Thoroughly enjoyed the story and could hardly put it down.
Have no reservations in recommending this audio book.
I loved it I read a few Clive Cussler books in the past when I was younger but couldn't finish them due to reading print difficulties. but listing to it painted it a picture in my mind almost like a movie I could fallow every word. as if i was standing next to him the whole time.
I really enjoyed the historical details of the trains, automobiles, and cities. There were, however, parts of the plot that knocked me out of the story either through their incredible coincidence or by stretching by ability to suspend disbelief and accept the plot of the book. I liked the idea that a banker was robbing banks to fund his own bank and then could not stop because of the thrill. Overall I thought the book was good but I'm not sure I'll continue the series.
This was a fast paced book that just kept building steam until the climatic final battle. The tone and speed of the book reminded of Cussler's early Dirk Pitt novels. Over all it reminded me why I started reading Cussler's books in the first place.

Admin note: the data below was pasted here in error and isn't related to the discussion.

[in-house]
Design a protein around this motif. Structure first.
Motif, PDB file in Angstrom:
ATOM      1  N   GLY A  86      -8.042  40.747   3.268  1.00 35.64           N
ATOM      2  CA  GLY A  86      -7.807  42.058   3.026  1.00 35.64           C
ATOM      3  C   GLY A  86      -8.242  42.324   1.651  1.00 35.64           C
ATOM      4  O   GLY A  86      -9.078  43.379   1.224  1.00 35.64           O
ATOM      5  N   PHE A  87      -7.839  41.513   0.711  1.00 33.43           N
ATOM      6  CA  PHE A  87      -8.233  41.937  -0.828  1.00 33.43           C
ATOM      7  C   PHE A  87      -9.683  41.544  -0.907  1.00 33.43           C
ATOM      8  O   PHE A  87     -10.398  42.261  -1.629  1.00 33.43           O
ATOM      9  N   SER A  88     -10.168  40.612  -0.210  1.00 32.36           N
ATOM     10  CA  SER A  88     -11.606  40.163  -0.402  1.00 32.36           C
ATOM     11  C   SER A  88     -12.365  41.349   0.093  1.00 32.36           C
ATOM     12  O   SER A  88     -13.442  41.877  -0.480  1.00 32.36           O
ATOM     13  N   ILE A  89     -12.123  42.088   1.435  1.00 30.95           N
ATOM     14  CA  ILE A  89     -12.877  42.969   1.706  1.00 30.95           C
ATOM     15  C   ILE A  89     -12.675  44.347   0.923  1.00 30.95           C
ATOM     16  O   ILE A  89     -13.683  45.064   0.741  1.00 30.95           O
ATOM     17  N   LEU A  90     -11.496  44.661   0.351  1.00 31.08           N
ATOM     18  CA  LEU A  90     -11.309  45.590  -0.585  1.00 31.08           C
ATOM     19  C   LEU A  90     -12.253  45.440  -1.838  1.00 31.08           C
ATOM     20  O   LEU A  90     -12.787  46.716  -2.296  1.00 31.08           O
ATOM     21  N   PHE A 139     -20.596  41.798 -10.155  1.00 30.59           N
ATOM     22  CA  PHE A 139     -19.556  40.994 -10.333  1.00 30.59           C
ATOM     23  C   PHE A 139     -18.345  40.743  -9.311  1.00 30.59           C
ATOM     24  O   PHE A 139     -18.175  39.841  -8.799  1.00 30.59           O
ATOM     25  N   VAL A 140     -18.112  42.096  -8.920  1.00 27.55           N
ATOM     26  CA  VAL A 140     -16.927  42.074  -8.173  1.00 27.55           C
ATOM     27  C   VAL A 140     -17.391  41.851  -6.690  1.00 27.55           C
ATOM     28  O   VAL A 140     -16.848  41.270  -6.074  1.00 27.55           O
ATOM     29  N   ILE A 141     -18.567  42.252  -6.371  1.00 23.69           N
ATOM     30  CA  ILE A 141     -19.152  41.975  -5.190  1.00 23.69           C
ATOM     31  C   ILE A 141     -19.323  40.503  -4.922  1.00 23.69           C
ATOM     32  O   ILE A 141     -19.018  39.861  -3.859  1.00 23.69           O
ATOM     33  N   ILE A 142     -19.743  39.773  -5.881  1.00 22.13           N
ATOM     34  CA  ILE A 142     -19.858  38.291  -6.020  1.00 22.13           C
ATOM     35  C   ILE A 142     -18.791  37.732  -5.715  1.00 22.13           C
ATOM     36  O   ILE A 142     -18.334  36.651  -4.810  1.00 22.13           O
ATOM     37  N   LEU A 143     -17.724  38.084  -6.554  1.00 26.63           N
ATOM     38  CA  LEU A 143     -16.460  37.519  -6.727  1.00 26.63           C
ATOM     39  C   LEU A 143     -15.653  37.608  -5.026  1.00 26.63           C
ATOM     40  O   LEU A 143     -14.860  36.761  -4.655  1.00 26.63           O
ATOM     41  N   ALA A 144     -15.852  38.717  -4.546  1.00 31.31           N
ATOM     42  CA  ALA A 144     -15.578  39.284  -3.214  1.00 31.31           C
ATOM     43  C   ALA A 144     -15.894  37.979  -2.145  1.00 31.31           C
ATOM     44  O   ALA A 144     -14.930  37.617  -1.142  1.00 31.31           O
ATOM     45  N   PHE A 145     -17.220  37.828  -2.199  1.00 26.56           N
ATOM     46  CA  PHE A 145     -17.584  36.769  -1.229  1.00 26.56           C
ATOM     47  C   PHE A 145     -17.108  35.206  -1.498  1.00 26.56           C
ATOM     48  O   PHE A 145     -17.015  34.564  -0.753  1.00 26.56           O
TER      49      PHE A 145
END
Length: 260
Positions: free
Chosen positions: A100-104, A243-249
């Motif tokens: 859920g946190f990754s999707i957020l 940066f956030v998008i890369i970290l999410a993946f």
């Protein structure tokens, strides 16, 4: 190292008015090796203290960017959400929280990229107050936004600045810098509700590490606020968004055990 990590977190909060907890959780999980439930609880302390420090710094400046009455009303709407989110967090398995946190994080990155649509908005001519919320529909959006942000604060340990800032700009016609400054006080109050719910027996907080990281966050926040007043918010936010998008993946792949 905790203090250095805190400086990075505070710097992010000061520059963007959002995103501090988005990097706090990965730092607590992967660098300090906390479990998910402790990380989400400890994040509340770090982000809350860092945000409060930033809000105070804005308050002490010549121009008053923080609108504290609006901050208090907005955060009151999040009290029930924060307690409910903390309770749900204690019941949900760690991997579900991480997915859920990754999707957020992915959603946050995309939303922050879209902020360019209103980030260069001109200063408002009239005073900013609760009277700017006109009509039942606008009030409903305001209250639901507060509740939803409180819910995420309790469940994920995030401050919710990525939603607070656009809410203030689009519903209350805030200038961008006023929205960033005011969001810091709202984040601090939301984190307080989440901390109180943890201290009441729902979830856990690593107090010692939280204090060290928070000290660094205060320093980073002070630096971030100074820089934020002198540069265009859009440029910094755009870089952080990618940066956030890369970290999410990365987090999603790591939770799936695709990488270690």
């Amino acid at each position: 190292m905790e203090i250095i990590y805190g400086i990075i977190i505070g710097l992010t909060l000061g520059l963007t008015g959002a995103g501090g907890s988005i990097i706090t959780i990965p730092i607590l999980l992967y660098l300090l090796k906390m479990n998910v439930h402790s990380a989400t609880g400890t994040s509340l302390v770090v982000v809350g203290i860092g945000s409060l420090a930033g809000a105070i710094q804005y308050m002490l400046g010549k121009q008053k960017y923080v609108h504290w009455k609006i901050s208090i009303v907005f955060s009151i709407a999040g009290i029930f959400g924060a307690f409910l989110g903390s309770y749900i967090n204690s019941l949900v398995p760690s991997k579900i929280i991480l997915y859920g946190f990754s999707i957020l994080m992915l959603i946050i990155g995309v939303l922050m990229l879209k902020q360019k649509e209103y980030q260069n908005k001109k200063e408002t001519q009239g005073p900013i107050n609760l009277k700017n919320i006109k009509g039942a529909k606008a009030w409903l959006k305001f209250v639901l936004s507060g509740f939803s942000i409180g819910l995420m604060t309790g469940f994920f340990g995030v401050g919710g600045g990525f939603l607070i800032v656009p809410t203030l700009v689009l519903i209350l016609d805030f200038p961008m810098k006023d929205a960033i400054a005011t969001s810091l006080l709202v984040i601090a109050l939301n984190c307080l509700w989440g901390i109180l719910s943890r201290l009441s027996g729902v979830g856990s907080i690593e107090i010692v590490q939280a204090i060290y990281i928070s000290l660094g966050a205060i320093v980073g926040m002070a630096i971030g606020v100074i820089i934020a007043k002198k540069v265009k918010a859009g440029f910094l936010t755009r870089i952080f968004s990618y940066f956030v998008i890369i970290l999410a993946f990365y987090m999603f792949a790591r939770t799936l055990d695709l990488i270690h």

The story revolves around trains and the story picks up speed as it goes. Building up so that the reader is kept on the edge of his or her seat.
Over all this is a great book with a story that will keep you hooked and leave you wanting to stay in your car to finish it.
I wanted to like this book if, for no other reason, than it's narrated by Scott Brick.. but I found myself speeding up the narration towards the end to "just get it over with". There are some interesting aspects to the story, and most of the characters are wonderfully brought to life, however, the positive parts are overshadowed by a hero who is unrealistically lucky and able to make inexplicable leaps to the correct conclusions. An occasional coincidence or miracle in a story is fine, but when overused, turn a potentially great story into a boring one.